All in all, there seems to be a strong wind filling the sails of Baltimore. It presents an opportunity for the new mayor and city council to move forward on priorities that, if smartly addressed, could bring lasting change to the entire city.
And if there is anything Baltimore seems to be ready for it is continued progress and change.
But change in a big city does not come without a vision from a leader. The leader must inspire others to make the vision a reality no matter the hard work and long days ahead. Inspiration is critical.
Transformative leaders like Ed Rendell and the late William Donald Schaefer provided vision and inspiration for Philadelphia and Baltimore, respectively, when they served as mayors. Such transformational leaders don’t come along often. But as I’ve written and commented before, Baltimore seems to be in need of this kind of leadership at this juncture in its history.
Only time will tell if Pugh and any or all of the new city council members emerge as transformational.
Thankfully, Pugh and many of the new city council members have said they want to set their sights on priorities for Baltimore that would be well served by transformational leadership.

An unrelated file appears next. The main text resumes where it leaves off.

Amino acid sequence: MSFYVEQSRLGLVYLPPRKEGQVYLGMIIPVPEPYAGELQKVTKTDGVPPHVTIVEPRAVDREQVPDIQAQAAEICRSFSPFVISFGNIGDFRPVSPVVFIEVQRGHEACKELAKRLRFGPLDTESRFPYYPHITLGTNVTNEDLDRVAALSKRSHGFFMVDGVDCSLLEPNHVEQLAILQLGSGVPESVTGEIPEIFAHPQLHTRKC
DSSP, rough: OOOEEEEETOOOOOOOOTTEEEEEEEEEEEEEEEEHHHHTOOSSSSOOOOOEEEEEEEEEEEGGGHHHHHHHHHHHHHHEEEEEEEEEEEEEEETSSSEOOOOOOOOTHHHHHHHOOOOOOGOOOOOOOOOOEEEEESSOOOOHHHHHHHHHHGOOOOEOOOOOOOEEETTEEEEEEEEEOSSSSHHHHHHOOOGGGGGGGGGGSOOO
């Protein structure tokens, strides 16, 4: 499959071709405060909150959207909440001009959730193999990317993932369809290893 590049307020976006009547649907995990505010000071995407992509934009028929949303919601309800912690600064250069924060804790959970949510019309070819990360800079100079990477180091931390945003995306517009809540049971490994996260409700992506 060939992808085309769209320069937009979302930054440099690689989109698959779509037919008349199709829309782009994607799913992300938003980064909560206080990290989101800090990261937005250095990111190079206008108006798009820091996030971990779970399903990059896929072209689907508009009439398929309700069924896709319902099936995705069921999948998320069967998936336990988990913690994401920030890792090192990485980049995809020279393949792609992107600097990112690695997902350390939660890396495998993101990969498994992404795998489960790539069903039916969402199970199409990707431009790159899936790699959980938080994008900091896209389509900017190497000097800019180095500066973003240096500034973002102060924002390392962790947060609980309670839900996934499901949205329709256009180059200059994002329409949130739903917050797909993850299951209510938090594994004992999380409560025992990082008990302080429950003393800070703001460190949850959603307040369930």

Pugh, for example, wants to focus on public education and enlisting more community involvement in schools. She also has her eyes on improving and repairing the relationship between the Baltimore Police Department and communities — as not only the right thing to do — but critical to addressing violent crime and concerns about public safety.
The mayor-elect also wants to link jobs to those living in neighborhoods plagued by chronic unemployment or low-employment. Other keystones in the vision she is articulating include enhanced transparency and efficiency in city government.
A number of the new city council members also point to education, jobs, transit and public safety as key issues to be prioritized.
These align with priorities that the Greater Baltimore Committee has identified as absolutely critical for the city to move forward. A snapshot of some of these GBC priorities includes: